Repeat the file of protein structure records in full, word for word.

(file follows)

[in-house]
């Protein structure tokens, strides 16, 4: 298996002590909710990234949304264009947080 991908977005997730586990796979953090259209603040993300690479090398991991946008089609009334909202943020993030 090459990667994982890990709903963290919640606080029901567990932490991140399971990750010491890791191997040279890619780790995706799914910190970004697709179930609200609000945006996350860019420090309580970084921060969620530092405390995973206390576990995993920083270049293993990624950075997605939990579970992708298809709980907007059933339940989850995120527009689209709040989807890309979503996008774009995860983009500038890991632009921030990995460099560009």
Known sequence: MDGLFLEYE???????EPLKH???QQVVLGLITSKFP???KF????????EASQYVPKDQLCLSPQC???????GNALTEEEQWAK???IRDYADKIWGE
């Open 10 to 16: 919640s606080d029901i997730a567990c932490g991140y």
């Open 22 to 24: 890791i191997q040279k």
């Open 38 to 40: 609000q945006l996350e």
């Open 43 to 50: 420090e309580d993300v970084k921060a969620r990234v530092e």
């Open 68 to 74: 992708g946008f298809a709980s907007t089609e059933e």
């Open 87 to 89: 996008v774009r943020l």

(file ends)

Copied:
[in-house]
């Protein structure tokens, strides 16, 4: 298996002590909710990234949304264009947080 991908977005997730586990796979953090259209603040993300690479090398991991946008089609009334909202943020993030 090459990667994982890990709903963290919640606080029901567990932490991140399971990750010491890791191997040279890619780790995706799914910190970004697709179930609200609000945006996350860019420090309580970084921060969620530092405390995973206390576990995993920083270049293993990624950075997605939990579970992708298809709980907007059933339940989850995120527009689209709040989807890309979503996008774009995860983009500038890991632009921030990995460099560009």
Known sequence: MDGLFLEYE???????EPLKH???QQVVLGLITSKFP???KF????????EASQYVPKDQLCLSPQC???????GNALTEEEQWAK???IRDYADKIWGE
């Open 10 to 16: 919640s606080d029901i997730a567990c932490g991140y």
């Open 22 to 24: 890791i191997q040279k």
């Open 38 to 40: 609000q945006l996350e």
């Open 43 to 50: 420090e309580d993300v970084k921060a969620r990234v530092e």
């Open 68 to 74: 992708g946008f298809a709980s907007t089609e059933e």
């Open 87 to 89: 996008v774009r943020l």